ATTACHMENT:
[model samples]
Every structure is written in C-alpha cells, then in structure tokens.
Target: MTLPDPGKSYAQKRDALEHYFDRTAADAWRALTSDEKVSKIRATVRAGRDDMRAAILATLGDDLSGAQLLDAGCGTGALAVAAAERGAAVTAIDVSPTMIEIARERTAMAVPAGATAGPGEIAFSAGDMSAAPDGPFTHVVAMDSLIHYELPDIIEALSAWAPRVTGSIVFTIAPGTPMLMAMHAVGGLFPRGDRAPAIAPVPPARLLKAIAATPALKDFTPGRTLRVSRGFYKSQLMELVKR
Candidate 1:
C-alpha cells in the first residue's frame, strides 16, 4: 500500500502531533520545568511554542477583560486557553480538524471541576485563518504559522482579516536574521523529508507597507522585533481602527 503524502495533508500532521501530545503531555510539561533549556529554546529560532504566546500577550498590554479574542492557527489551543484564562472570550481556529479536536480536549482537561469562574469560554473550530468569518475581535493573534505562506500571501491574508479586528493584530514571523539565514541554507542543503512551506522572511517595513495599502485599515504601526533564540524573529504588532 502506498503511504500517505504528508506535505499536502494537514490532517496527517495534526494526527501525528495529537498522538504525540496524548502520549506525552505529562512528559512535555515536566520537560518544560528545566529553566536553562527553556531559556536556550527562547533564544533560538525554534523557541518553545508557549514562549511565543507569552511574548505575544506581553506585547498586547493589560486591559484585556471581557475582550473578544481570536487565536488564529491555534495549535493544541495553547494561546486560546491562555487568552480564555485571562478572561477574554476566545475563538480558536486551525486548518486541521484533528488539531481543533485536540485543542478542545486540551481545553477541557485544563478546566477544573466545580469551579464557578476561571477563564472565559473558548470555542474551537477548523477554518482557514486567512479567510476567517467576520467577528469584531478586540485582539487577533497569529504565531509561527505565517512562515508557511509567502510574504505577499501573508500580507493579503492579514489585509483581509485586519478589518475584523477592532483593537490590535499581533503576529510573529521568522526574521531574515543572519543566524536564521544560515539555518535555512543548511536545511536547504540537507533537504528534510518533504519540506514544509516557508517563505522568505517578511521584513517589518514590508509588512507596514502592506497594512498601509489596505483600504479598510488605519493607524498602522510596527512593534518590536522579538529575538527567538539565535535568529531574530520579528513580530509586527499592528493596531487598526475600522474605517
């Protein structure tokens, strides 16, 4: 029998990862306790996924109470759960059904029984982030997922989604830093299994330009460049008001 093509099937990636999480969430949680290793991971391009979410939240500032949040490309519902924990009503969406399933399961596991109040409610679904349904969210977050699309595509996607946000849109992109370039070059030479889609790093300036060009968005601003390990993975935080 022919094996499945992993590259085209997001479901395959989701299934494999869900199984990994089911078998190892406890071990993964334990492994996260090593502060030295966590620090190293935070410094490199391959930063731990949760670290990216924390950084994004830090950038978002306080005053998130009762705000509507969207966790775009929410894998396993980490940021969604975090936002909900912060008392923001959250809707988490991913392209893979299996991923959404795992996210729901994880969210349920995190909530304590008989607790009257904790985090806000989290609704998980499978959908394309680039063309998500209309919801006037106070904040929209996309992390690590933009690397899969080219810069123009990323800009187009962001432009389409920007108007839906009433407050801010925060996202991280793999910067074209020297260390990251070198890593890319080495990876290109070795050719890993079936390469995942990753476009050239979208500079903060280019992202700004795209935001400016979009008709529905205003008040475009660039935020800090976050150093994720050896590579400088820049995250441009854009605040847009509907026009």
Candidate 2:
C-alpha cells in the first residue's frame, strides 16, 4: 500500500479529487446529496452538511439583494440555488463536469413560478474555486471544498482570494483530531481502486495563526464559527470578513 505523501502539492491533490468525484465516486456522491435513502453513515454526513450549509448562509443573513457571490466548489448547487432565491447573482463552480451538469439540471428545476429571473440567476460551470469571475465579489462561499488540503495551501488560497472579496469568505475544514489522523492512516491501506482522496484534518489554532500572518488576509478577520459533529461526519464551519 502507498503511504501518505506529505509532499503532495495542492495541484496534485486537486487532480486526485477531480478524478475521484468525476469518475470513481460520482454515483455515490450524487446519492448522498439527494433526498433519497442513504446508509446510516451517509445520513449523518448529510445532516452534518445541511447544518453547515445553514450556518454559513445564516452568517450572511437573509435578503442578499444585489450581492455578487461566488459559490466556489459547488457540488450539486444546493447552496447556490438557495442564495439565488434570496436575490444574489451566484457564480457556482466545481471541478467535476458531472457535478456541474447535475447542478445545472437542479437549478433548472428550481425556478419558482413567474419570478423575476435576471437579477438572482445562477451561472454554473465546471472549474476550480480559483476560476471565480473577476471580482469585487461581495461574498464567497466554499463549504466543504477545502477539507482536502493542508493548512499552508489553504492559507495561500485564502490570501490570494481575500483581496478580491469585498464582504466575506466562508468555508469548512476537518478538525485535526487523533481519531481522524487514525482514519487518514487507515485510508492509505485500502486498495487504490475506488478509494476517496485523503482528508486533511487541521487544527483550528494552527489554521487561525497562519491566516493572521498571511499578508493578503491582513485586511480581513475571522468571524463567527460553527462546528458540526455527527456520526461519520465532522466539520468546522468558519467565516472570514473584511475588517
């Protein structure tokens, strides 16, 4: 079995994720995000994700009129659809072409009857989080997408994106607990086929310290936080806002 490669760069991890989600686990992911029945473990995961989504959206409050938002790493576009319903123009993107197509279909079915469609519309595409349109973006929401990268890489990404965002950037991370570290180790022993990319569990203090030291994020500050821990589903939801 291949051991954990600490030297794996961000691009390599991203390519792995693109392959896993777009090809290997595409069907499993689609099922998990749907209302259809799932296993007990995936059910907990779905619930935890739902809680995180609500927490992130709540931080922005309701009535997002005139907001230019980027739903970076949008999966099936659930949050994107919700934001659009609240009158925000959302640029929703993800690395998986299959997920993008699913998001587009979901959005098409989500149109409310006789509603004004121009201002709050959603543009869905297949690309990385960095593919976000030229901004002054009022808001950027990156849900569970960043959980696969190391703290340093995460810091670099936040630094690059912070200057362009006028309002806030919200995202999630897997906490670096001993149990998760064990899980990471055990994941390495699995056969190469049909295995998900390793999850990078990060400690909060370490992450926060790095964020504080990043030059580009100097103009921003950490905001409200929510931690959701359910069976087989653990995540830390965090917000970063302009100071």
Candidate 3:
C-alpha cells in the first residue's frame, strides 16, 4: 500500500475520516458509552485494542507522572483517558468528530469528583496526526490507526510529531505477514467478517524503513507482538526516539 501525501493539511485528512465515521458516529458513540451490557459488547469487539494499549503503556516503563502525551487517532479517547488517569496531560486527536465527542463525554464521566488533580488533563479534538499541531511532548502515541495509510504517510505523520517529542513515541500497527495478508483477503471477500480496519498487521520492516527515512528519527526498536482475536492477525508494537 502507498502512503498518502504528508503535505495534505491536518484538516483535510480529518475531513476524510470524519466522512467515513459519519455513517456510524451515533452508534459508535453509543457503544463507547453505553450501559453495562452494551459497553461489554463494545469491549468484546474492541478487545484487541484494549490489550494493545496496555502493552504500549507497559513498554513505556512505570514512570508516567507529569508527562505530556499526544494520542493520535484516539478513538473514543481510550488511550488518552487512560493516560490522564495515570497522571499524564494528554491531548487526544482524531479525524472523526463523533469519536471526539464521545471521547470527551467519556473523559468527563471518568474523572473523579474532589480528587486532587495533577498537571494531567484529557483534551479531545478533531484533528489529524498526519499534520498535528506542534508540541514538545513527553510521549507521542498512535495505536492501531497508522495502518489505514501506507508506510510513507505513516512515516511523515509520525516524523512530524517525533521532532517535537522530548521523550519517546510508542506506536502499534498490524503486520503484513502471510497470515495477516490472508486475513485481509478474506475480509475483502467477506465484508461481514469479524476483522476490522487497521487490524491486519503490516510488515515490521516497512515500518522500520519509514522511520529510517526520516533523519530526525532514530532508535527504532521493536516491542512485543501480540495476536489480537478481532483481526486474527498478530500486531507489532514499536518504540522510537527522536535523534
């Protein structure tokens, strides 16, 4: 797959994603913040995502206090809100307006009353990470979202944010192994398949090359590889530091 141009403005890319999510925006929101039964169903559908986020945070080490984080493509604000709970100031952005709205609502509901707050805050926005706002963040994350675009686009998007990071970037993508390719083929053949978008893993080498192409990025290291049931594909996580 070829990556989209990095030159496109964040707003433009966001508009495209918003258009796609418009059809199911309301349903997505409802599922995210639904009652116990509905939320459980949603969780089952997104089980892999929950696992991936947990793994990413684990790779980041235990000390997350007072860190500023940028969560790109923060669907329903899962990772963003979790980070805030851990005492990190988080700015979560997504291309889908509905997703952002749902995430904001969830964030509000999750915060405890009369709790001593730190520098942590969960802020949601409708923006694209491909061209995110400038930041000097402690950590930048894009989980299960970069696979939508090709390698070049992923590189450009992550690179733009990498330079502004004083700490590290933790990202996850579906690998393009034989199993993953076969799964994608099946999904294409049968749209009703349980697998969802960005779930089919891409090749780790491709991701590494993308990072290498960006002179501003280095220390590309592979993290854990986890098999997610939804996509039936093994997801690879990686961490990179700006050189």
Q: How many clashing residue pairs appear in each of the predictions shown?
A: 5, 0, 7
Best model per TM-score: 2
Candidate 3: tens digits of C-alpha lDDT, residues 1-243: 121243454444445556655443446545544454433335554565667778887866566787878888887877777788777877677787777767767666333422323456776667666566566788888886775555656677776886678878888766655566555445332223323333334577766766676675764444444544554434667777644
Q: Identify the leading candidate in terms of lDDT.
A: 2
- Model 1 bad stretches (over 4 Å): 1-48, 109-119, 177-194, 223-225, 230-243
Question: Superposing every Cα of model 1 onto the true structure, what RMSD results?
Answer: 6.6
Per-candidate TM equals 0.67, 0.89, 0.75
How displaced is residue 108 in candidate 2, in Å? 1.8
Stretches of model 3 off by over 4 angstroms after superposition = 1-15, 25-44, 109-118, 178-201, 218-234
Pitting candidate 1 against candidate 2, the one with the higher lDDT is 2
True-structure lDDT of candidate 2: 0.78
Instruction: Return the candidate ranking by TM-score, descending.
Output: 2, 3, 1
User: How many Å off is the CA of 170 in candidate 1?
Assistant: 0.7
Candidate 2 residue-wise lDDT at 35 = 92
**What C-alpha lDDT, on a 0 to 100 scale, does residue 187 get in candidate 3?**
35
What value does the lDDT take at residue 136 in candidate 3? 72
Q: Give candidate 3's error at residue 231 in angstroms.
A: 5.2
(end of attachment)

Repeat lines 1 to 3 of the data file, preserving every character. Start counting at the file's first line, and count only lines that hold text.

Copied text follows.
[model samples]
Every structure is written in C-alpha cells, then in structure tokens.
Target: MTLPDPGKSYAQKRDALEHYFDRTAADAWRALTSDEKVSKIRATVRAGRDDMRAAILATLGDDLSGAQLLDAGCGTGALAVAAAERGAAVTAIDVSPTMIEIARERTAMAVPAGATAGPGEIAFSAGDMSAAPDGPFTHVVAMDSLIHYELPDIIEALSAWAPRVTGSIVFTIAPGTPMLMAMHAVGGLFPRGDRAPAIAPVPPARLLKAIAATPALKDFTPGRTLRVSRGFYKSQLMELVKR